Doc Wilde and the Frogs of Doom is adventure fiction at it's finest. Its completely changed how I want to write my next book. I'd encourage any "Men'sDoc Wilde and the Frogs of Doom is adventure fiction at it's finest. Its completely changed how I want to write my next book. I'd encourage any "Men's Adventure" genre fan to pick it up - you'll enjoy the pace and action in the book while being able to read it to your younger kids as well as hand it off to your older kids to read on their own. ...more
I've just finished "The Adventures of Fortune McCall" by Derrick Ferguson through Pro Se Press and I have to say it was great! Fortune is a characterI've just finished "The Adventures of Fortune McCall" by Derrick Ferguson through Pro Se Press and I have to say it was great! Fortune is a character for the ages. Mr. Ferguson has chiseled a mean and lean character out of pure granite. It's clear he's taken inspiration from such obvious places as the classic pulps and gangster movies but Mr. Ferguson also draws from other places such as literary characters like Batman and cinematic characters like Lando Calrissian.
It's not a stretch by any sense of the word to envision Billy D. Williams as Fortune McCall.
The book consists of four large scale "short stories", each about 35 pages or so.
THE SCARLET COURTESAN OF SOVEREIGN CITY THE DAY OF THE SILENT DEATH THE MAGIC OF MADNESS THE GOLD OF BOX 850
THE GOOD: Fortune, along with his command crew of the HEART OF FORTUNE (his custom gambling ship), are very well developed characters with plenty of diversity to them. That diversity lends it self to a wide variety of adventures that take us through the dark shadowy underbelly of Sovereign City, to the pent house of the Palace Hotel and everywhere in between. Were introduced to new but still familiar characters, and situations that hint at future stories yet to come.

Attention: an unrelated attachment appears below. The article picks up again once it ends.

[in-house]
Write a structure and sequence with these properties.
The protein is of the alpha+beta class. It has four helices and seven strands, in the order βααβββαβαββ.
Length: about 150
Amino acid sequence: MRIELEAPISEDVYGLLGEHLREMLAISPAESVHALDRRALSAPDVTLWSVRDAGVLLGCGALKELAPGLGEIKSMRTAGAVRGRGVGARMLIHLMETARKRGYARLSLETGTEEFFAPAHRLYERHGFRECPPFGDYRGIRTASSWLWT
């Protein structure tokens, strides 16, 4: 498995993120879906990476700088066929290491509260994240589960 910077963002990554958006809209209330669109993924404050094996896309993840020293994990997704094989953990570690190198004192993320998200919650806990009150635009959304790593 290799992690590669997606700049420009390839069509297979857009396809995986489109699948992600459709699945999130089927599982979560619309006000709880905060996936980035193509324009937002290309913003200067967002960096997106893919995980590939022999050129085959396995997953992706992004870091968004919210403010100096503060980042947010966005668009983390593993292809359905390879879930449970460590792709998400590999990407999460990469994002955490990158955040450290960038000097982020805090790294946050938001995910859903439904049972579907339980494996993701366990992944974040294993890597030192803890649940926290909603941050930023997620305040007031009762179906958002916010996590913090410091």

THE BAD (If you can call it that): Each of the stories is crafted from a "physical plot". The "rescue plot", for all but one, to be more precise. Now it could easily be argued that having to rescue someone or having to be rescued your self is a long time tradition of the adventure genre. I would tend to agree and loved each of them. I think it might be nice to see Fortune tackle some of the other "physical plots" in the next book like "Pursuit", "Escape", and "Revenge" although to be fair there were small amounts of each of those three elements present in this book.
THE UGLY: The book takes place in a major metropolitan area in or around the year 1935 and Mr. Ferguson doesn't shy away from some of the uglier elements of life back then. While they are subtle Mr. Ferguson includes elements of racism, classicism, and sexism in this book. I think this book and the stories within it would have been just as good if there was never an issue concerning race amongst the characters but the book isn't hampered by those issues either. Fortune and his crew are stronger because of facing them.
This is a great book that any lover of pulp can sink their teeth into. In addition I'd say that if you've never read any pulp before this may be a great place to start because it's delivered to you as the reader in small easy to absorb doses story by story. You'll love pulp upon turning the last page and be bugging Mr. Ferguson and Pro Se Press for more. ...more
I really enjoyed the fantasy setting of a scifi story. The world had evolved to the point of expanding out to the stars only to collapse back into a pI really enjoyed the fantasy setting of a scifi story. The world had evolved to the point of expanding out to the stars only to collapse back into a pre-industrial revolution age. Very nice setting. Very well paced. ...more